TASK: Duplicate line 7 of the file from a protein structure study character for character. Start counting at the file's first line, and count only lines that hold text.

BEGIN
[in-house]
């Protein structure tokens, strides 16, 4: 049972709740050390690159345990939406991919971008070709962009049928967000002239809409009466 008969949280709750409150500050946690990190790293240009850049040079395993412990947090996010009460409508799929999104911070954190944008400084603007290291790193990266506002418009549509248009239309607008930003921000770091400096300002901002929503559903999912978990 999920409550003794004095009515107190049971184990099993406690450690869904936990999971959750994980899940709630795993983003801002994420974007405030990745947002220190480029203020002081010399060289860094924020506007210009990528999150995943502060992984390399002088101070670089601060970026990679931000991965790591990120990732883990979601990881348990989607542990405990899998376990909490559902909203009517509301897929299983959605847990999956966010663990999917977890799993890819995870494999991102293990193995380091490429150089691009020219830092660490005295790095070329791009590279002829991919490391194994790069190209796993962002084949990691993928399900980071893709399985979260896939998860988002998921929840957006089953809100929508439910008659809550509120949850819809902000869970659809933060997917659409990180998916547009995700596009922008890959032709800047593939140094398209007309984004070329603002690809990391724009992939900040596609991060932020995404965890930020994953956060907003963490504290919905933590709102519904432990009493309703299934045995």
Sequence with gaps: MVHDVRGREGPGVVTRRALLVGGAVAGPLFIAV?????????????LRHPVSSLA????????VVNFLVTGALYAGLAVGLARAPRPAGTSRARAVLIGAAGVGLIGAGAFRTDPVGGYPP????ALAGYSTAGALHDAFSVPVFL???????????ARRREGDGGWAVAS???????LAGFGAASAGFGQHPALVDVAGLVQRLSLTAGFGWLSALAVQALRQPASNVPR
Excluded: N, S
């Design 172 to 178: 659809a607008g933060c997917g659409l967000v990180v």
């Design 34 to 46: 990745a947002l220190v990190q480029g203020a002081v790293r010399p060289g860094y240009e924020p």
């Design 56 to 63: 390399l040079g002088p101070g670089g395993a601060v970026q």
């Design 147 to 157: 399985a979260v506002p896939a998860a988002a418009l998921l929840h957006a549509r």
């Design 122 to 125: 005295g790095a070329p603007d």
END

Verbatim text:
């Design 56 to 63: 390399l040079g002088p101070g670089g395993a601060v970026q």